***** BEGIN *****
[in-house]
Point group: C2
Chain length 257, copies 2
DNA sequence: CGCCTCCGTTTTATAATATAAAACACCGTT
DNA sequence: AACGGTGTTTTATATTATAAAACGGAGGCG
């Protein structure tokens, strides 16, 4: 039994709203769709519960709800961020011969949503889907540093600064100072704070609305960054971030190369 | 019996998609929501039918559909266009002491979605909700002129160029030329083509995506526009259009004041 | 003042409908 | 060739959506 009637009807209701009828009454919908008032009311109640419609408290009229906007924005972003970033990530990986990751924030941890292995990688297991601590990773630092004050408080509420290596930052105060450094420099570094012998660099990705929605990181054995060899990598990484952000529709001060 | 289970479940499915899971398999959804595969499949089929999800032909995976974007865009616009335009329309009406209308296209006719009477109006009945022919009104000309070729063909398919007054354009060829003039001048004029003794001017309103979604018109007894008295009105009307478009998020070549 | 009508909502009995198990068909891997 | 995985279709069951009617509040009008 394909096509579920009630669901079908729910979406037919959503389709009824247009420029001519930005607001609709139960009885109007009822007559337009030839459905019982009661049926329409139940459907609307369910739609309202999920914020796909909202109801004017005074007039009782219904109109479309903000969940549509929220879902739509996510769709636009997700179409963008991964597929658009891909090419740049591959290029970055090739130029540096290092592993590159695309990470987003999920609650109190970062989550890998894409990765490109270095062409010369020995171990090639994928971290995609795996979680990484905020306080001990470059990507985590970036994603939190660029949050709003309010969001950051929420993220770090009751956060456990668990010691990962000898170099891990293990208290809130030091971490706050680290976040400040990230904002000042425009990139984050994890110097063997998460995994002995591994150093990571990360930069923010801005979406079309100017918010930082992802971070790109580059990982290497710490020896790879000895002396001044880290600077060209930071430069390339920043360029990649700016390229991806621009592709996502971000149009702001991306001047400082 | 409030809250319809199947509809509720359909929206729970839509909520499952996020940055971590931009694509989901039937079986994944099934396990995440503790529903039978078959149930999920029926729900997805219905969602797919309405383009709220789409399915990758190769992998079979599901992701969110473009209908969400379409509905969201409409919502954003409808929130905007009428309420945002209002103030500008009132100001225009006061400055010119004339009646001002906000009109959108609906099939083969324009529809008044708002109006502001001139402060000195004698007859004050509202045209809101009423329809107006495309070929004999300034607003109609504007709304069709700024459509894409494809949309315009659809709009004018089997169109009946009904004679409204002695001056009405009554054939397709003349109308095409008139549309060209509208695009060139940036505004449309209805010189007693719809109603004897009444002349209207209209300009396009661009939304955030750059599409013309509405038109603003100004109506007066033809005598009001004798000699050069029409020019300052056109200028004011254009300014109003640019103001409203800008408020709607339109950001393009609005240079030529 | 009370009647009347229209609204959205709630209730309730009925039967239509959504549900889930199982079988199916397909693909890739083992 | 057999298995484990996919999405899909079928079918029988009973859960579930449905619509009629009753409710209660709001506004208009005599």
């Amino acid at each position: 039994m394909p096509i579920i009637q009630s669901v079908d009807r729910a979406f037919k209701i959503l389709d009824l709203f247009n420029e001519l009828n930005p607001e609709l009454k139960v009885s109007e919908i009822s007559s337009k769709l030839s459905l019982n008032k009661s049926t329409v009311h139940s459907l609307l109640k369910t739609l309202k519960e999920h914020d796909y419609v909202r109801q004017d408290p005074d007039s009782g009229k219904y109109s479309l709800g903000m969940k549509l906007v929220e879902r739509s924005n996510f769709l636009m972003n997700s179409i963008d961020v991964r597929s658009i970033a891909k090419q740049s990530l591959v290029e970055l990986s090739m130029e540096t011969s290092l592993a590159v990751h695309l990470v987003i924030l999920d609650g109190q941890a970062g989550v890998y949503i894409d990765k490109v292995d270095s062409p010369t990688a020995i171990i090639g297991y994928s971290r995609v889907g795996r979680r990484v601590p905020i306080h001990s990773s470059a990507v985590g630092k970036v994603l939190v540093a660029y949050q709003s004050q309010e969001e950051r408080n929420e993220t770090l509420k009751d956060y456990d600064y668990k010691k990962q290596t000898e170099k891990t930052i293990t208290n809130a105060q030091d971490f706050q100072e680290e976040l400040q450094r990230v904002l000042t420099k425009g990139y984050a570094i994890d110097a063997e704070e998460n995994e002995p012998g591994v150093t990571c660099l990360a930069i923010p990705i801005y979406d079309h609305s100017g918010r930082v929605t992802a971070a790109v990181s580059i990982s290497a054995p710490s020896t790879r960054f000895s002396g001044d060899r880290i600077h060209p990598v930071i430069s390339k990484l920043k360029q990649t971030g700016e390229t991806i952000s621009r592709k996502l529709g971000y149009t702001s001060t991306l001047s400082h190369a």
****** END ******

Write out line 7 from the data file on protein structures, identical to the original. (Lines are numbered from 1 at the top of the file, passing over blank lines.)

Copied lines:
């Amino acid at each position: 039994m394909p096509i579920i009637q009630s669901v079908d009807r729910a979406f037919k209701i959503l389709d009824l709203f247009n420029e001519l009828n930005p607001e609709l009454k139960v009885s109007e919908i009822s007559s337009k769709l030839s459905l019982n008032k009661s049926t329409v009311h139940s459907l609307l109640k369910t739609l309202k519960e999920h914020d796909y419609v909202r109801q004017d408290p005074d007039s009782g009229k219904y109109s479309l709800g903000m969940k549509l906007v929220e879902r739509s924005n996510f769709l636009m972003n997700s179409i963008d961020v991964r597929s658009i970033a891909k090419q740049s990530l591959v290029e970055l990986s090739m130029e540096t011969s290092l592993a590159v990751h695309l990470v987003i924030l999920d609650g109190q941890a970062g989550v890998y949503i894409d990765k490109v292995d270095s062409p010369t990688a020995i171990i090639g297991y994928s971290r995609v889907g795996r979680r990484v601590p905020i306080h001990s990773s470059a990507v985590g630092k970036v994603l939190v540093a660029y949050q709003s004050q309010e969001e950051r408080n929420e993220t770090l509420k009751d956060y456990d600064y668990k010691k990962q290596t000898e170099k891990t930052i293990t208290n809130a105060q030091d971490f706050q100072e680290e976040l400040q450094r990230v904002l000042t420099k425009g990139y984050a570094i994890d110097a063997e704070e998460n995994e002995p012998g591994v150093t990571c660099l990360a930069i923010p990705i801005y979406d079309h609305s100017g918010r930082v929605t992802a971070a790109v990181s580059i990982s290497a054995p710490s020896t790879r960054f000895s002396g001044d060899r880290i600077h060209p990598v930071i430069s390339k990484l920043k360029q990649t971030g700016e390229t991806i952000s621009r592709k996502l529709g971000y149009t702001s001060t991306l001047s400082h190369a």